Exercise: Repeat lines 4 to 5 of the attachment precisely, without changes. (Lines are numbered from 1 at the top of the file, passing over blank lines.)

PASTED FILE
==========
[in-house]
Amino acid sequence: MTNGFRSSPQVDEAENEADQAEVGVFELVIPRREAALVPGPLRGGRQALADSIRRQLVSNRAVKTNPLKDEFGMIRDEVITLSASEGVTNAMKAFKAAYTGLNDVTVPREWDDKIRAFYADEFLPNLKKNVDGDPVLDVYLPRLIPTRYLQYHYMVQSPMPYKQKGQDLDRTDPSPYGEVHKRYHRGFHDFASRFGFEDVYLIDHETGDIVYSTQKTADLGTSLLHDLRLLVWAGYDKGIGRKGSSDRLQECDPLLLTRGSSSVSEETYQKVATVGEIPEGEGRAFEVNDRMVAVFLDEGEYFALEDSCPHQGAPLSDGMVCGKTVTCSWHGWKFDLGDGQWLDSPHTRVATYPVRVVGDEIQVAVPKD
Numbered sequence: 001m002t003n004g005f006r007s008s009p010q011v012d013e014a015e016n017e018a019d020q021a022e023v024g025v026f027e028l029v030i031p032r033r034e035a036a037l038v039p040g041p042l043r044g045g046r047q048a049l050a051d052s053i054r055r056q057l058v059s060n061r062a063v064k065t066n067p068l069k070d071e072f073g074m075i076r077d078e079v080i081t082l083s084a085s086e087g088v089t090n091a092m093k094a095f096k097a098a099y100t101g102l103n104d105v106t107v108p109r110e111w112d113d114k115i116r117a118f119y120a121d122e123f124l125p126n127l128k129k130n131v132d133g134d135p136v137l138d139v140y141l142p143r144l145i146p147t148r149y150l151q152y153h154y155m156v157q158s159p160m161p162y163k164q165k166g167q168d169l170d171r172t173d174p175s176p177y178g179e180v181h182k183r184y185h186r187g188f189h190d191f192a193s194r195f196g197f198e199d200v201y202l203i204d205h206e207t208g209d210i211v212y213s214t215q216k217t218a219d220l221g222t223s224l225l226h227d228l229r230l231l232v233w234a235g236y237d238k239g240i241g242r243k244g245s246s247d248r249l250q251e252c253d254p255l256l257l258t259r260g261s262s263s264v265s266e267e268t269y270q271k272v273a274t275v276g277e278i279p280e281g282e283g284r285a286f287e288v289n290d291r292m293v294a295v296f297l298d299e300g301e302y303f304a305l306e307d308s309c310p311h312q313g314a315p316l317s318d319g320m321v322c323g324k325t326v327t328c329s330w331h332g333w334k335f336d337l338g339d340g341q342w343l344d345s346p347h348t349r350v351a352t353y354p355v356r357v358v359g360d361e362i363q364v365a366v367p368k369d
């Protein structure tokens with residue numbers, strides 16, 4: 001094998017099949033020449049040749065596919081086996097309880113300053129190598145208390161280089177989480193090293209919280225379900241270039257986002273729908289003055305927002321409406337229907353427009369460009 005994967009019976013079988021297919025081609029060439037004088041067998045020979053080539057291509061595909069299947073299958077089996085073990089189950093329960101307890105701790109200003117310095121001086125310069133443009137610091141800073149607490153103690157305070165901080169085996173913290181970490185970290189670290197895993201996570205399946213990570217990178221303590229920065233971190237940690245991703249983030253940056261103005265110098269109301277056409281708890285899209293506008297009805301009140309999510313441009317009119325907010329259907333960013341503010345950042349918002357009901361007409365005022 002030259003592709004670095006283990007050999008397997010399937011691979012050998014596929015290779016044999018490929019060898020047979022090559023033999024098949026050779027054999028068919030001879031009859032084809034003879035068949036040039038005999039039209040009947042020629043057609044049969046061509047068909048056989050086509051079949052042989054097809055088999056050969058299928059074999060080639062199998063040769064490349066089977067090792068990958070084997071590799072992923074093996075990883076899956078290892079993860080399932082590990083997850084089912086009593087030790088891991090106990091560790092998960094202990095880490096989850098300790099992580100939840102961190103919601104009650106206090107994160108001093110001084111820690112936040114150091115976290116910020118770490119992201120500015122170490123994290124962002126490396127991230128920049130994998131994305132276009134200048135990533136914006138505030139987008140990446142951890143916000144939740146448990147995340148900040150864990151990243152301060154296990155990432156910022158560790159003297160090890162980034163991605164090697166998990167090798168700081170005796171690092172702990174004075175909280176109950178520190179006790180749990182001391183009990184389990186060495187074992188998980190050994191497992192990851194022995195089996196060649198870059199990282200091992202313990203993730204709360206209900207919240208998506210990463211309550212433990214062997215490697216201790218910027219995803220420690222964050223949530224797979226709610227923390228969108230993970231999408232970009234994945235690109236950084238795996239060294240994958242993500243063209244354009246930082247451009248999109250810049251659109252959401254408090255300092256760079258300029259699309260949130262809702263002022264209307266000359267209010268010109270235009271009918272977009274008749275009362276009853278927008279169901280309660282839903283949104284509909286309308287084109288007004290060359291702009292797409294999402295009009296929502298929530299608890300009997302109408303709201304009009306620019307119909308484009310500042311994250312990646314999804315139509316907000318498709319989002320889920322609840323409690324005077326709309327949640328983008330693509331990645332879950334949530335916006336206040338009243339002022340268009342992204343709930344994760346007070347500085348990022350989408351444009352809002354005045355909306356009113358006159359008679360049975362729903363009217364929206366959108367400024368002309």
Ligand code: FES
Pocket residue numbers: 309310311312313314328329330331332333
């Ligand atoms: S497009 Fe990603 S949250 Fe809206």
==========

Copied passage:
């Protein structure tokens with residue numbers, strides 16, 4: 001094998017099949033020449049040749065596919081086996097309880113300053129190598145208390161280089177989480193090293209919280225379900241270039257986002273729908289003055305927002321409406337229907353427009369460009 005994967009019976013079988021297919025081609029060439037004088041067998045020979053080539057291509061595909069299947073299958077089996085073990089189950093329960101307890105701790109200003117310095121001086125310069133443009137610091141800073149607490153103690157305070165901080169085996173913290181970490185970290189670290197895993201996570205399946213990570217990178221303590229920065233971190237940690245991703249983030253940056261103005265110098269109301277056409281708890285899209293506008297009805301009140309999510313441009317009119325907010329259907333960013341503010345950042349918002357009901361007409365005022 002030259003592709004670095006283990007050999008397997010399937011691979012050998014596929015290779016044999018490929019060898020047979022090559023033999024098949026050779027054999028068919030001879031009859032084809034003879035068949036040039038005999039039209040009947042020629043057609044049969046061509047068909048056989050086509051079949052042989054097809055088999056050969058299928059074999060080639062199998063040769064490349066089977067090792068990958070084997071590799072992923074093996075990883076899956078290892079993860080399932082590990083997850084089912086009593087030790088891991090106990091560790092998960094202990095880490096989850098300790099992580100939840102961190103919601104009650106206090107994160108001093110001084111820690112936040114150091115976290116910020118770490119992201120500015122170490123994290124962002126490396127991230128920049130994998131994305132276009134200048135990533136914006138505030139987008140990446142951890143916000144939740146448990147995340148900040150864990151990243152301060154296990155990432156910022158560790159003297160090890162980034163991605164090697166998990167090798168700081170005796171690092172702990174004075175909280176109950178520190179006790180749990182001391183009990184389990186060495187074992188998980190050994191497992192990851194022995195089996196060649198870059199990282200091992202313990203993730204709360206209900207919240208998506210990463211309550212433990214062997215490697216201790218910027219995803220420690222964050223949530224797979226709610227923390228969108230993970231999408232970009234994945235690109236950084238795996239060294240994958242993500243063209244354009246930082247451009248999109250810049251659109252959401254408090255300092256760079258300029259699309260949130262809702263002022264209307266000359267209010268010109270235009271009918272977009274008749275009362276009853278927008279169901280309660282839903283949104284509909286309308287084109288007004290060359291702009292797409294999402295009009296929502298929530299608890300009997302109408303709201304009009306620019307119909308484009310500042311994250312990646314999804315139509316907000318498709319989002320889920322609840323409690324005077326709309327949640328983008330693509331990645332879950334949530335916006336206040338009243339002022340268009342992204343709930344994760346007070347500085348990022350989408351444009352809002354005045355909306356009113358006159359008679360049975362729903363009217364929206366959108367400024368002309």
Ligand code: FES